Evans was drafted by the Kansas City Kings in 1978 when Cotton Fitzsimmons was coaching and Evans didn’t make the team. “Bob Bass of the San Antonio Spurs called and this time after competing with 40 others for three positions, I made the team,” said Evans. Evans played a year, got hurt and got picked up by the Milwaukee Bucks where he played two years. He was traded by Milwaukee to Cleveland but had a knee injury and ended up in the CBA in Great Falls Montana. “George Carl was the head coach and said if I played with him a few months, I’d get back in the NBA,” said Evans. “I was there about a month when Denver called in 1983 and I played with the Nuggets for about five years.”
I left the Nuggets after the 1987-88 seasons, then went to Italy for a year and broke my hand playing in Torino. The Denver Nuggets called again and offered me the video coordinator job which didn’t pay much but I took It.” said Evans. Evans moved up in the Nugget’s organization to scout- color analyst- assistant and then was named interim head coach for a brief period to replace Dan Issel and finish out the remainder of the 2001-02 season.
Evans who is in the midst of a job change- lives in Denver with his wife Kim who works as the receptionist at Thunder-Ridge High School. They have three children. Mike Jr. played in the Canadian league for a while but now works for a developmental organization helping kids with basketball -and is also coaching basketball for high school kids in the Denver area.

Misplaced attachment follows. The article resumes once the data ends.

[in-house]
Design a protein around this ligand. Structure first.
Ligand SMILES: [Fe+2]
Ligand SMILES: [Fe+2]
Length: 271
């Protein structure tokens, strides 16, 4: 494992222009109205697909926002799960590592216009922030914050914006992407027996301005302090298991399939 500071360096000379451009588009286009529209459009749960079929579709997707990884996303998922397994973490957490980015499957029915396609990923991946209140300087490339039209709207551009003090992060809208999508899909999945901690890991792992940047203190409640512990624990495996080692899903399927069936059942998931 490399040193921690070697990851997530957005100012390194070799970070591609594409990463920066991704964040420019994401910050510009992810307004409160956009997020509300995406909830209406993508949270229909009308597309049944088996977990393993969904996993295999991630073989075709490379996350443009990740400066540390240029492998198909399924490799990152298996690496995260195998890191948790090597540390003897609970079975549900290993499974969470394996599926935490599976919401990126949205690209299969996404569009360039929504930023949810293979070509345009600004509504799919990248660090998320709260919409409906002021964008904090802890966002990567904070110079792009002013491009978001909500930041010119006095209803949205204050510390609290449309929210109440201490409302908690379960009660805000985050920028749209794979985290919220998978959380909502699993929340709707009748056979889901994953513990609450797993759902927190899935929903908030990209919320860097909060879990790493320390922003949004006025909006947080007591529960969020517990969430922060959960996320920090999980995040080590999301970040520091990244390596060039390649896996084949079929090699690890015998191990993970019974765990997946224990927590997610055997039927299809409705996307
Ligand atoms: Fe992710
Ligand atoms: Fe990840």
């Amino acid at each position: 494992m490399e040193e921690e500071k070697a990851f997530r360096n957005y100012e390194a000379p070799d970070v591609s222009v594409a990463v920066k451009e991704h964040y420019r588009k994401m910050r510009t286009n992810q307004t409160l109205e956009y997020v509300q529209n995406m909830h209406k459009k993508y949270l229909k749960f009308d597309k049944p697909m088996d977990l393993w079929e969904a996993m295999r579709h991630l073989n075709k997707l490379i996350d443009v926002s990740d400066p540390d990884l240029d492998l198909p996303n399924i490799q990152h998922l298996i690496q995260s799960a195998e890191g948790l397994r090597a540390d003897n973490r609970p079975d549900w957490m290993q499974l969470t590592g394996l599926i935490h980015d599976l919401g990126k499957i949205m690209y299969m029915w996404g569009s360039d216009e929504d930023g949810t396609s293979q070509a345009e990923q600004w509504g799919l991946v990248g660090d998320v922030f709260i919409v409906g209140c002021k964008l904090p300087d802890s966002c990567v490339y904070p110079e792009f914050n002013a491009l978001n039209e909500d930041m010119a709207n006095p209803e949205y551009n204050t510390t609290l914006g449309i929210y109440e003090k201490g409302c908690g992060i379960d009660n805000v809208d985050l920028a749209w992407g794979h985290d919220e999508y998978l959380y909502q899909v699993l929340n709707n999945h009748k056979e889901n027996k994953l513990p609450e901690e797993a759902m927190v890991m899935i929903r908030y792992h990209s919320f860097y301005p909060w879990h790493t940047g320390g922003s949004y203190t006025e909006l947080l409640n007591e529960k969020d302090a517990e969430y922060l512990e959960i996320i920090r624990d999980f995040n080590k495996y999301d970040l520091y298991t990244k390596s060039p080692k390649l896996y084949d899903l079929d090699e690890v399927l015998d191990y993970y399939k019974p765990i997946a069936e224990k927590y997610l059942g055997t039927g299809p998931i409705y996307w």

Daughter Michelle works with at risk youth in North Carolina and his youngest daughter D’ambra just graduated from Colorado University. “Kansas State University is one of the greatest institutions a young man or young lady could ever attend,” said Evans. “I will always remember the generosity, compassion and love the fans had for their student athletes.” “Tell Coach Weber I wish him the very best. He does a great job and tell him I’m watching because I love what he does,” Evans said.
And, we love what you did for Kansas State Mike- and wish you all the best as well.
You can reach Mike Evans at: Highland Ranch, 9931 S. Cottoncreek Dr., Denver Colorado 80130, email: email@example.com phone: 303-963-6403
(Action photo of Evans and Evans receiving recognition award- courtesy of Kansas State Sports Information.)